Click anywhere on this image to view the micrograph without labels.
At first glance, the liver appears like a rather unorganized mass of cells. But with a little care, one can detect the lobular organization of this tissue.
To visualize the lobules, first locate several portal areas (outlined in solid white above). These are readily recognizable as small patches of connective tissue, each containing a bile duct, a large vein, and a small artery. (View a portal area.) Lobule boundaries may be drawn (dashed white lines) from one portal area to another.
Then look for central veins (white arrows). These are conspicuous spaces with no associated connective tissue, located roughly midway between portal areas. The central veins mark the centers of lobules. (View a central vein.)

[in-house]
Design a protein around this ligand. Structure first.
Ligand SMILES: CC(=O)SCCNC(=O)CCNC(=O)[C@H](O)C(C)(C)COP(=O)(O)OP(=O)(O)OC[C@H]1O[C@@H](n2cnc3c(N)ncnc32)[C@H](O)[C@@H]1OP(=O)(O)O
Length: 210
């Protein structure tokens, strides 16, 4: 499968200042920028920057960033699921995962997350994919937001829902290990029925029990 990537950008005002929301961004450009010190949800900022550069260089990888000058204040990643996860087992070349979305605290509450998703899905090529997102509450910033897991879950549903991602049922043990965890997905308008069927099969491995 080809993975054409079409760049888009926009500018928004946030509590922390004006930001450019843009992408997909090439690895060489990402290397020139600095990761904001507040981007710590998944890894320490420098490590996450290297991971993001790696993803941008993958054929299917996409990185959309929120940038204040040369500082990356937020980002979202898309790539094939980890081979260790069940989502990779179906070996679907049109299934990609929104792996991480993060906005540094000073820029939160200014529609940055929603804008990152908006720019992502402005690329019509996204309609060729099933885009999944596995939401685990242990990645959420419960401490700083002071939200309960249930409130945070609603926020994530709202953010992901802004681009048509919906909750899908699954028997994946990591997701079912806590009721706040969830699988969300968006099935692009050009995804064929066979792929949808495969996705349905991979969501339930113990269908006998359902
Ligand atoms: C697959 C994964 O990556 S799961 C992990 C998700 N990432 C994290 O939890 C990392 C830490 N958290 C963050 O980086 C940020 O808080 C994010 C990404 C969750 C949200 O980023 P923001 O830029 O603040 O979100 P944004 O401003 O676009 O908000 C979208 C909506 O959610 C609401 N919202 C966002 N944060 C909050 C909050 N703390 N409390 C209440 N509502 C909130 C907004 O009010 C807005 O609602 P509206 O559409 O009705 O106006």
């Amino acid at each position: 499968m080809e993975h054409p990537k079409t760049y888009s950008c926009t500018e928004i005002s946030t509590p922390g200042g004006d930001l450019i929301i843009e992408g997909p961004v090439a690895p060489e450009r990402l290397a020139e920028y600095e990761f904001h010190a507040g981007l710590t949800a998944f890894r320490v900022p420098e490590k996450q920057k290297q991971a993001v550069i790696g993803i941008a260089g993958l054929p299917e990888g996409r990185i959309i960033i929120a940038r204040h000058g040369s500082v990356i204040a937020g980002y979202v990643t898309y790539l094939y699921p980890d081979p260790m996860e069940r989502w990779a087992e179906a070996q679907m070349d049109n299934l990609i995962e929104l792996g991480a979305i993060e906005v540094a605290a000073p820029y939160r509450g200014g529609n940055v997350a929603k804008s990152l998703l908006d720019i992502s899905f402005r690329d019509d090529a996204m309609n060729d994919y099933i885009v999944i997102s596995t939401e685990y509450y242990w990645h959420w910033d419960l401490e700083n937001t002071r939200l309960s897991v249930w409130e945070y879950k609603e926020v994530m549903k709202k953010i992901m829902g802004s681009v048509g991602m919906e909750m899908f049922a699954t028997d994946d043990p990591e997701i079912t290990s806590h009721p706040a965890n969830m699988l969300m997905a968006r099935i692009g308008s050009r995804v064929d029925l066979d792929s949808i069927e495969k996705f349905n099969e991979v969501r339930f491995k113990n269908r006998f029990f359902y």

Lobules appear much more clearly in pig liver, which has an envelope of fibrous connective tissue around each lobule. (This tough connective tissue is one reason why pig liver, unlike calf liver or chicken liver, is not a popular menu item.)
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Last updated: 25 January 2002 / dgk